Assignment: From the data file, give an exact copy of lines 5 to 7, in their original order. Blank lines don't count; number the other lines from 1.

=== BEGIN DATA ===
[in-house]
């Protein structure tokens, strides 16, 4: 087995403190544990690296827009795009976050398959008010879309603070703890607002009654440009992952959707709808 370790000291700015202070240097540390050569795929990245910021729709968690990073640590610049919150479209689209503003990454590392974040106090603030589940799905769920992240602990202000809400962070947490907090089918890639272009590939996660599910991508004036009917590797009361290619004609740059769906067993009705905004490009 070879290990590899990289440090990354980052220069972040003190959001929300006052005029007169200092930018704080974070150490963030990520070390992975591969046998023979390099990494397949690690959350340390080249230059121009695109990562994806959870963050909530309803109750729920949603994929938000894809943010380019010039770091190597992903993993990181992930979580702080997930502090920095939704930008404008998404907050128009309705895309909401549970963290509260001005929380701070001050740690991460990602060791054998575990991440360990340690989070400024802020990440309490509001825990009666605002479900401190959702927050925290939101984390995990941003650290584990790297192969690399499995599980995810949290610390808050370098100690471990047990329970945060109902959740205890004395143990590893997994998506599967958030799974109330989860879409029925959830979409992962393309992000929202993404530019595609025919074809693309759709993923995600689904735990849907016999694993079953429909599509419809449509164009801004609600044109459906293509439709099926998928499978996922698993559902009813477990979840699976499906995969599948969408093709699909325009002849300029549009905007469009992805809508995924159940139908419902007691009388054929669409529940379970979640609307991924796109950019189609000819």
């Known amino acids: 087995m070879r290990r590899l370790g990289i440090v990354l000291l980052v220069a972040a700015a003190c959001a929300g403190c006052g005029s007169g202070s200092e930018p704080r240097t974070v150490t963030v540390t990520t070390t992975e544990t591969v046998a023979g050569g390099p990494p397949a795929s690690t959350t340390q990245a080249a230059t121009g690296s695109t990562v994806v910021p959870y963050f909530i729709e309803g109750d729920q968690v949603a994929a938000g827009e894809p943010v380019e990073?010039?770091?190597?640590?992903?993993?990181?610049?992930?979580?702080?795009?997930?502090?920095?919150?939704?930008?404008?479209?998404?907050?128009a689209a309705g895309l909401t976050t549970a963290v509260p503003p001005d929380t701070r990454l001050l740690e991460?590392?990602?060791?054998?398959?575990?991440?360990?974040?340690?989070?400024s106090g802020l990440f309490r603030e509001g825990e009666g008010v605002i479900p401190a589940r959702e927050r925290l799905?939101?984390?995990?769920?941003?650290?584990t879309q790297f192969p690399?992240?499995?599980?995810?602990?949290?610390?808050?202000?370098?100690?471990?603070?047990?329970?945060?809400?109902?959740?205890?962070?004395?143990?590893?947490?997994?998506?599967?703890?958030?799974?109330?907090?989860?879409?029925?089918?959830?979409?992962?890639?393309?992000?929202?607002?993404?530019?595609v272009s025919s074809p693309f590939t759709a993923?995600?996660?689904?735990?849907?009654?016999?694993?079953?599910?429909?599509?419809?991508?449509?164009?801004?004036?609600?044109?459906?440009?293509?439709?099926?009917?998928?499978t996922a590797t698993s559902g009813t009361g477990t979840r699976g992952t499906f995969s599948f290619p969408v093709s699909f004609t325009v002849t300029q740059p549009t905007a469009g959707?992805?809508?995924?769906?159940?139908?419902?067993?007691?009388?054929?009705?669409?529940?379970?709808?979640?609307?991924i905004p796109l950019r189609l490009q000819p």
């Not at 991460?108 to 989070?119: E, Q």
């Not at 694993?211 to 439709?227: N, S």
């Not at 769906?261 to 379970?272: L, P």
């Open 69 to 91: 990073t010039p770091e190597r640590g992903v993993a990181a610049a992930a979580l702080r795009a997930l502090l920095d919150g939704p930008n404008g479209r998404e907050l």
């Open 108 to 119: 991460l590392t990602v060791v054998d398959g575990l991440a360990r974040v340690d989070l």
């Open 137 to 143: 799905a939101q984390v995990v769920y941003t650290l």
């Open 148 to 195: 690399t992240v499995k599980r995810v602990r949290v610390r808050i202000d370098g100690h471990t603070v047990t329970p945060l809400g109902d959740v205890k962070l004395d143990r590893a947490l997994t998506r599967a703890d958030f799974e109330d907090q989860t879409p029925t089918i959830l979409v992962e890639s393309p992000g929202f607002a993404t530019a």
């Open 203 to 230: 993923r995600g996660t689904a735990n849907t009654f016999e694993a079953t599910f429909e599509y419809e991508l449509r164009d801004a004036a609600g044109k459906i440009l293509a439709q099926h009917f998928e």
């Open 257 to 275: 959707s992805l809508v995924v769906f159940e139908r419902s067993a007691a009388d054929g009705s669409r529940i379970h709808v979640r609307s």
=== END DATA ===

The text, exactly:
């Not at 694993?211 to 439709?227: N, S």
């Not at 769906?261 to 379970?272: L, P």
């Open 69 to 91: 990073t010039p770091e190597r640590g992903v993993a990181a610049a992930a979580l702080r795009a997930l502090l920095d919150g939704p930008n404008g479209r998404e907050l």